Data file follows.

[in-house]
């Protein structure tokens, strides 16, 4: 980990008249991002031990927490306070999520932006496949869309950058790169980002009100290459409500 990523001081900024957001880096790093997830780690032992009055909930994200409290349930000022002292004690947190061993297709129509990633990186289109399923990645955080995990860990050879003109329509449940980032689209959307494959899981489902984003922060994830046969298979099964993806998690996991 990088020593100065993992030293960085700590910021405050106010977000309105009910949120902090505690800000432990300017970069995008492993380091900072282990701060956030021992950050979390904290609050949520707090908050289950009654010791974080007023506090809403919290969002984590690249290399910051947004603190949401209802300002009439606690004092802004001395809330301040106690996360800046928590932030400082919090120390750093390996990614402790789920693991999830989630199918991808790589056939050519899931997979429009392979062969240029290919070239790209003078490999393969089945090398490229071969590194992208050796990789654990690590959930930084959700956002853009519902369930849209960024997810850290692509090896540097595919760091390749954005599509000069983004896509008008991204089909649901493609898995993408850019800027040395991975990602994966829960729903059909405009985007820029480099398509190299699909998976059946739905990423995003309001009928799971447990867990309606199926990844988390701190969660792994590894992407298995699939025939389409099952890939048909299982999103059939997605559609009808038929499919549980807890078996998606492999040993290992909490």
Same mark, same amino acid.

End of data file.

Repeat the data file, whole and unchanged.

[in-house]
């Protein structure tokens, strides 16, 4: 980990008249991002031990927490306070999520932006496949869309950058790169980002009100290459409500 990523001081900024957001880096790093997830780690032992009055909930994200409290349930000022002292004690947190061993297709129509990633990186289109399923990645955080995990860990050879003109329509449940980032689209959307494959899981489902984003922060994830046969298979099964993806998690996991 990088020593100065993992030293960085700590910021405050106010977000309105009910949120902090505690800000432990300017970069995008492993380091900072282990701060956030021992950050979390904290609050949520707090908050289950009654010791974080007023506090809403919290969002984590690249290399910051947004603190949401209802300002009439606690004092802004001395809330301040106690996360800046928590932030400082919090120390750093390996990614402790789920693991999830989630199918991808790589056939050519899931997979429009392979062969240029290919070239790209003078490999393969089945090398490229071969590194992208050796990789654990690590959930930084959700956002853009519902369930849209960024997810850290692509090896540097595919760091390749954005599509000069983004896509008008991204089909649901493609898995993408850019800027040395991975990602994966829960729903059909405009985007820029480099398509190299699909998976059946739905990423995003309001009928799971447990867990309606199926990844988390701190969660792994590894992407298995699939025939389409099952890939048909299982999103059939997605559609009808038929499919549980807890078996998606492999040993290992909490």
Same mark, same amino acid.